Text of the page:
One of the most important aspects of dental training is ‘hands-on’ application of learned subject matters. Lectures and problem solving which applies lecture content are useful ways to apply knowledge. Problem solving allows adult learners direct application of knowledge and helps maintain motivation to learn. However, dentistry demands a high degree of psychomotor application of knowledge. Students must be able to prepare a tooth that has been damaged due to various reasons. Simulation training is used in this area.
Simulation training using mannequins placed in a dental chair surrounded by dental instruments as the operator will find in their own practice follow most lectures. Students are provided simulated cavities and asked to prepare an acceptable cavity preparation for a specific restorative material. This has been the most common mode of facilitating learning in adult dental students. It is effective as it allows learner to apply lecture teachings to a direct problem – something they will be doing for the rest of their career. Through practice and critical evaluation, students learn to master their skills.
Through the recent learning from this course, I have learned to understand why our simulations have been so effective. We seem to be following many of the principles and recommendations discussed in the reference source. I would like to share our steps and utilize the reference source to further improve our current protocol. We start with a lecture which introduces the learning problem with clear outlines in writing. At times, we run an I-clicker quiz to ensure that all learners possess the required knowledge base. Quiz results are confidential and only recorded on the learner’s learning site. Results of the classroom response are displayed after each quiz and discussed with the class. This has been found to be a good problem solving and discussion strategy. I am always amazed at how learners justify their points of view and help me realize that their ‘answer’ could be considered correct.
From the lecture setting, we move into the simulation lab. Each learner receives an exercise sheet at least two days before simulation clinic. They are provided learning outcomes, steps for simulation as well as video support and evaluation criteria. Learners setup their plastic teeth and infection control barriers and prepare and carry out the ‘exercise of the day’. Upon completion of their exercise, learners are asked to self-evaluate their work. I really encourage this and find a tremendous learning outcome from self-reflection. However, they tend to skip self-evaluation and seek instructor feedback on either an informal or formal basis. To address this, I would like to add a graded self-reflection component to our exercises. I think this will result in more participation in the activity and hopefully assist in forming a habit of self-critiquing one’s work.
After self-reflection, students are asked to make any adjustment and corrections and re-evaluate their own work again. If the preparation is not acceptable and/or cannot be corrected, then a new preparation is encouraged. When the student feels that their preparation meets clinical criteria, they are asked to have a peer member evaluate their work. They can choose any peer. This has helped students learn from one another. However, I find this area is not currently setup in a fair and kind manner. Before any peer evaluation, facilitators should set certain ‘ground rules’ for respectful, kind, and professional feedback. This tone needs to established at the beginning of the course and currently it is not. Peer evaluation and feedback can be extremely helpful when offered in a constructive and respectful manner. Peer members can share ideas and assist once another to further develop each other’s skills and form a collegial professional bond.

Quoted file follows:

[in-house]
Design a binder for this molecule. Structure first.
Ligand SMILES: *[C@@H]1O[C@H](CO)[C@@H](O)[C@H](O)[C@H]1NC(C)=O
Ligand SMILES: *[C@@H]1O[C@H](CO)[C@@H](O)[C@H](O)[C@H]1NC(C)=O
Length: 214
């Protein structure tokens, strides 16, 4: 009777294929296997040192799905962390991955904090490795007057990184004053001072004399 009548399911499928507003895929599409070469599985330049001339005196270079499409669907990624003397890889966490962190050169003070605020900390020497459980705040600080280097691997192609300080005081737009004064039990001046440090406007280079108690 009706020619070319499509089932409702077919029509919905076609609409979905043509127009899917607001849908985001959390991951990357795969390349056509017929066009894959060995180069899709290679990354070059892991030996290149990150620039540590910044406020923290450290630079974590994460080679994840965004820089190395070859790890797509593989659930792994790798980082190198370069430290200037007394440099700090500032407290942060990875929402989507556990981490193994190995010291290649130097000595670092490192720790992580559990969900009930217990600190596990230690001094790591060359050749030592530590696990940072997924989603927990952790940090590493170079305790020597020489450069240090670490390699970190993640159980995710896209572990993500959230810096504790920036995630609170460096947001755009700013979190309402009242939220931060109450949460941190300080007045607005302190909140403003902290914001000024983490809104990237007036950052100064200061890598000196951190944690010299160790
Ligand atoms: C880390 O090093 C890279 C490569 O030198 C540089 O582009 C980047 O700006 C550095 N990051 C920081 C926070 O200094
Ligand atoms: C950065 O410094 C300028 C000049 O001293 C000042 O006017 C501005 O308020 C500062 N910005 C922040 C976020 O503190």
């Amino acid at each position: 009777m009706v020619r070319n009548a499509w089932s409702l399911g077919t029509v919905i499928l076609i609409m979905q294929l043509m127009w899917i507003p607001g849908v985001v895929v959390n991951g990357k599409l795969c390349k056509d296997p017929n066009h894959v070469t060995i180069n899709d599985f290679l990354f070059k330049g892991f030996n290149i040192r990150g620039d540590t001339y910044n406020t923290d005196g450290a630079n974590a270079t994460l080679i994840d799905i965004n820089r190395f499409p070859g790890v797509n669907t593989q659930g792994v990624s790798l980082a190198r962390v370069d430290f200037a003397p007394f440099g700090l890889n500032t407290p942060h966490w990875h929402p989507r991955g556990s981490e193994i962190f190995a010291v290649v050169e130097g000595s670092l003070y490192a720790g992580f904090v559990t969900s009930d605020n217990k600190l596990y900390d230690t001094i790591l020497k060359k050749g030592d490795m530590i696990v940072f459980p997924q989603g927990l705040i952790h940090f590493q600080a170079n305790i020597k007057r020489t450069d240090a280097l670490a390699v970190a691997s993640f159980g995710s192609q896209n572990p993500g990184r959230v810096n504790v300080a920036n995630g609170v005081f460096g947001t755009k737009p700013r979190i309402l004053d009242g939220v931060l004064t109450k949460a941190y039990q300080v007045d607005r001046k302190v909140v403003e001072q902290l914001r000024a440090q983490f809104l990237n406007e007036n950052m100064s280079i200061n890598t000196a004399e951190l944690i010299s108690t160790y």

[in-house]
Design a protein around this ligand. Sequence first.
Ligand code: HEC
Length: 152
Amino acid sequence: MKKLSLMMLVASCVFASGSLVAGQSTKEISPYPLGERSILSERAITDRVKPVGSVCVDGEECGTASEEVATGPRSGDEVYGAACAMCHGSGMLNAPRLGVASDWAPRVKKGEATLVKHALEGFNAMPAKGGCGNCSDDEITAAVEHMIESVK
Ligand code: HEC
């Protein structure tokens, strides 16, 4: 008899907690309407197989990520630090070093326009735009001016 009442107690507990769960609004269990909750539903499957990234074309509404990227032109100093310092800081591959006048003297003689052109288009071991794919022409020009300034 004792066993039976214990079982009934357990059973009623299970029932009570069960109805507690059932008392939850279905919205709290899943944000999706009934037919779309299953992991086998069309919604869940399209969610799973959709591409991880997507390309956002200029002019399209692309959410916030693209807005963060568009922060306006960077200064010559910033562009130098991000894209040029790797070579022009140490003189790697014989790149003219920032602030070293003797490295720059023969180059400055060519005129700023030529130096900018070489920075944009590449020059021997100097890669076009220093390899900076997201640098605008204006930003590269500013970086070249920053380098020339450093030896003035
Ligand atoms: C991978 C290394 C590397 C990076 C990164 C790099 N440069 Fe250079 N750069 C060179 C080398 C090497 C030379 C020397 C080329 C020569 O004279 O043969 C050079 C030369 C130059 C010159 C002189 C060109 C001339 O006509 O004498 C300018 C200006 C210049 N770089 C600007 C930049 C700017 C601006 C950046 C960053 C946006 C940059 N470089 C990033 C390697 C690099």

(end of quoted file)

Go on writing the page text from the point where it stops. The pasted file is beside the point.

Students are then asked to modify their preparation in consideration of the feedback they have received from their peer. Once completed, the student should seek facilitator feedback. Of course, the learner can seek assistance at any time during the simulation clinic, but facilitators are asked specifically to guide students and not simply provide ‘end process’ answers. Learning through critical thinking is our goal and it can not occur when answers are easily provided. Currently, we are struggling with facilitator ‘buy-in’ with respect to our teaching. I find the information in the resource article so supportive that I plan to share it with my group. I am hoping they will read the article and understand the effectiveness of experiential learning. I should point out that it is a lot easier for facilitator to simply provide answers than guide learners. This method of teaching requires a lot of time and energy from facilitators in order to be effective.
Finally, learners are encouraged to repeat the exercise from start to finish on a new plastic tooth. I usually find that they run out of time or are ready to start another, more difficult exercise. This can be changed by adding a grading component for several attempts of the same exercise. Alternatively, we can choose the highest mark from all attempts to be posted on the learner grading report. Another approach is to have the students choose the best preparation for grading. I like this method as I believe it will encourage deep self-evaluation of preparation in order to determine the ‘best one’. I do find that those who repeat exercises have a better understanding of the preparations and tend to perform well in most future exercises. With limited funding, clinic time is not readily available. As a result, students who have the intention of practicing may not have adequate time to do so. This limitation needs to be further assessed within our program.